What this production did differently that I did enjoy was set the story in the correct setting. It's set during the Civil War and the famous scene with Marmee reading Father's letter to the "little women" shows Mr. March off at war. It's incorrect that he's administering to a member of the U.S. Colored Troops at this time and historians are sure to call that blunder but I liked the juxtaposition of the cozy homefront and the reality of the war. It makes Father's letter that much more poignant. I also loved the scene when John Brooke marches away to war and the Marches are standing around the piano singing a lovely ballad. That was very effective in conveying the feelings of watching a loved one go off possibly never to return. 

The acting was so-so. Emily Watson was great as Marmee, trying to hold her family together in difficult times. She's not saintly and perfect. She's a real woman trying to raise four adolescent girls alone and sometimes her temper frays and pops out a bit. She's very loving and kind though but some of her guidance is lacking. Her emotion when she learned Beth's secret was heartbreaking. I also liked Dylan Baker as Father. Father March is witty and a bit sarcastic. I chuckled at a few of his lines. He's kind and loving but not too indulgent. Marmee is still the main parent in this production. Mr. March mainly appears at the end of the novel (In Good Wives) and that part of the story was so rushed the actor barely got a chance to develop the character. The sisters had good chemistry. Their acting talents vary widely. Kathryn Newton was excellent as Amy. She was exactly how I imagine Amy-spoiled, snobby, selfish and wanting to be older than she is. Some may argue that she doesn't look 12 but I've seen 12 year old girls that look full grown and adults who look 12. The actresses not appearing in age order didn't bother me. My younger sister and younger cousin both look older than me. 



The weak links were sadly Maya Hawke as Jo and Jonah Hauer-King as Laurie. Maya just didn't have enough punch to be a correct Jo. Much of this was due to the limited material. I didn't buy her as a 19th-century young woman struggling to hold on to her childhood in order to resist change, including the gender norms of the day. Maya's Jo is free spirited and wild but I don't think Maya's delivery really conveyed that. She does have great chemistry with Jonah though. Jo and Laurie remind me so much of Anne Shirley and Gilbert Blythe that it makes me wonder how much Lucy Maud Montgomery was inspired by and disappointed in Little Women! Laurie was absolutely dreadful. His line delivery is wooden, his accent changes and he's not the fun, playful boy who becomes the March boy. His romance with Amy is made sweet and romantic to be believable for a modern audience who knows the only reason he married Amy is because she was the only available March sister. Amy marries him for comfort and security and they understand each other's superficiality. This production cuts out the reasons for them getting together-he gives her a hard time about her flirting too much in Europe and she gives him a hard time about being lazy. He runs off to work hard to be worthy of her. This was all glossed over in favor of a sweet little romance. 

The other two sisters were nice. I liked sweet Meg and gentle Beth but I don't think Beth's kindness or unselfishness was really fully conveyed. It's so hard to judge acting when the script is lacking. I think both young actresses did a fine job.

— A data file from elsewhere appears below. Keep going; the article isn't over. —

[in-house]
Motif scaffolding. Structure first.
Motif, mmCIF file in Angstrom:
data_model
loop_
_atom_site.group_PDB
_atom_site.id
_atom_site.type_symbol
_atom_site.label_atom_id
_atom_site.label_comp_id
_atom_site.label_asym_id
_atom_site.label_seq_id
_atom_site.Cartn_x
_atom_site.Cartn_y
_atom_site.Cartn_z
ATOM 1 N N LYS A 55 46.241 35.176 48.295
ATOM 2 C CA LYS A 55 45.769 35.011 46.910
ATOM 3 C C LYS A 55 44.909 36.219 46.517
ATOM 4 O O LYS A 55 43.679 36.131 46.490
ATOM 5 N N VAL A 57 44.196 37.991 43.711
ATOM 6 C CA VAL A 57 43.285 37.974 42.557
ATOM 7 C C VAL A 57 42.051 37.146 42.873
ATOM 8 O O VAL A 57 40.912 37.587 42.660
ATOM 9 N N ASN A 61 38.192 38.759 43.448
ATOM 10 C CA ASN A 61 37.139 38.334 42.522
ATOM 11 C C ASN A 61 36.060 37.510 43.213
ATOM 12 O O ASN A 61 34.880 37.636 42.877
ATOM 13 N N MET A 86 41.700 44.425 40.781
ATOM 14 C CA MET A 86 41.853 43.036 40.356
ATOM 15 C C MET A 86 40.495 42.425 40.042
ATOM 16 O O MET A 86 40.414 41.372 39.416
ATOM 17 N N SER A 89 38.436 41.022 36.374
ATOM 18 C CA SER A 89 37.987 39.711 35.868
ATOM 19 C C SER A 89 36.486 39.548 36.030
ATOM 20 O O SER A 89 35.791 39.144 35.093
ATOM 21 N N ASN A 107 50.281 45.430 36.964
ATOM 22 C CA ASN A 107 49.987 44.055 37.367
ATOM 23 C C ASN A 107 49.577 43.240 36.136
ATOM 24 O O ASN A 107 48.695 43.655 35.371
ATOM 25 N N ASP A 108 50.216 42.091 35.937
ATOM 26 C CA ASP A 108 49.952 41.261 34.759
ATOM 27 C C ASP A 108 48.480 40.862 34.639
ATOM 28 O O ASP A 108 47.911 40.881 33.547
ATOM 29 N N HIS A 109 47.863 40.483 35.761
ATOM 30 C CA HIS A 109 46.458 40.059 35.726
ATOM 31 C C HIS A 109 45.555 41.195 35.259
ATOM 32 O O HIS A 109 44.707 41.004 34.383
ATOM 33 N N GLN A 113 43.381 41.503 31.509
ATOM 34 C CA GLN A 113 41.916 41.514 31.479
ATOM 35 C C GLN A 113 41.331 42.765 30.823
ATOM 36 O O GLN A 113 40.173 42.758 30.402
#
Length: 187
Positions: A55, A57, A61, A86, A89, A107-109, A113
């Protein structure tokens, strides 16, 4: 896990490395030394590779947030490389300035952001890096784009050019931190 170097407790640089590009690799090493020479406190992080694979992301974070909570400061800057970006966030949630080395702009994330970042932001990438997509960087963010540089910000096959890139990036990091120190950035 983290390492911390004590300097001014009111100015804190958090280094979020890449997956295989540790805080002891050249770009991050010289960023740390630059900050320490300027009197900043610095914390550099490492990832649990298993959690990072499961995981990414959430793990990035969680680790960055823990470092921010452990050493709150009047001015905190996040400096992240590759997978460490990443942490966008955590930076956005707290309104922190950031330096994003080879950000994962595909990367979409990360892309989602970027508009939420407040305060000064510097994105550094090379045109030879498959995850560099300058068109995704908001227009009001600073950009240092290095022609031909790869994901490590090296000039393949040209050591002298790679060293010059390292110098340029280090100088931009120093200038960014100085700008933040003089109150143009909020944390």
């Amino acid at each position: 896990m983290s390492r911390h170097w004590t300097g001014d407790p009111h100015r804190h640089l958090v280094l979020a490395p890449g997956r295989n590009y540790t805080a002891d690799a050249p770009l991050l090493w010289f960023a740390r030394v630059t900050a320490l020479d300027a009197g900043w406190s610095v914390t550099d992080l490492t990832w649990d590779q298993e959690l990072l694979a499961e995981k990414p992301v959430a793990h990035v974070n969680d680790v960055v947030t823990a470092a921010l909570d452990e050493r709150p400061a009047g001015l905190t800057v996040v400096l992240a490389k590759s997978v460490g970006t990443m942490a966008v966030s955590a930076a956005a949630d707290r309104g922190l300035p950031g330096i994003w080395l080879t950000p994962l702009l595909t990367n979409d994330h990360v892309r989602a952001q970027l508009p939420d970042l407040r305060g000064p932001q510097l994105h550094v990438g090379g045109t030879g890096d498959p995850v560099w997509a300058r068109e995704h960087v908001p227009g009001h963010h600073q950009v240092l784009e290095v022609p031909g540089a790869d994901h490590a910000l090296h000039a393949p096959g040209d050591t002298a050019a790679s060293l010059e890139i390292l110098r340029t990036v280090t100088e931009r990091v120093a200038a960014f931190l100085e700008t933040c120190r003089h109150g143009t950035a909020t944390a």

Angela Lansbury is one of the finest English/American actresses ever and she shines here as Aunt March. This is the first time I've seen the similarities between Aunt March and her namesake Jo! They're both stubborn and feisty, independent women in their own ways. The pet parrot is hysterical! Michael Gambon doesn't have much to do here. My favorite role of his was in Elizabeth Gaskell's "Wives and Daughters" and here Mr. Laurence is a very similar character to Squire Hamley. His stubborn pride nearly costs him his family. It takes the warmth and kindness of the March family to thaw old Mr. Laurence and show he has a heart after all. I didn't agree with the choice to not bring up Laurie's backstory and how Mr. Laurence became estranged from his only child. (See also "Wives and Daughters" on how NOT to be a parent of a stubborn adult child). is nice as Professor Baher. He looks too young to be the old man all readers make him out to be but I doubt Professor Baher actually is old-he just seems to be. 

The story cut out too many important bits. It focused on the sisters and their relationship with a little bit of emphasis on how Marmee raised her girls. While Marmee is shown giving books to the girls for Christmas, Pilgrim's Progress is cut out. I probably would have removed that too for a modern audience but it serves to showcase the March family values. Another important scene that is left out is when the girls prepare a Christmas surprise for Marmee. One other bit that I wish was left in to show the March family's beliefs is when the girls are left alone to play housekeeping and Jo makes a huge mess. I did like how Marmee has to explain to Jo how she keeps her temper. That's also important. More fun parts that were removed include Jo's play the girls perform at Christmas. This is so much fun and shows the personalities of the sisters very well and foreshadows the "blood and thunder" tales Jo will later write. The Pickwick Club was also cut out. Again this shows the reader the girls' personalities and introduces Laurie as one of them. The ending was way too rushed. I also didn't care for the modern sounding background music.

Final verdict: This was too slow to be appealing to younger viewers and cut out too many important parts but is overall enjoyable enough. 3 out of 5 stars *** 

Photos taken from The Internet Movie Database. Copyright belongs to PBS and BBC.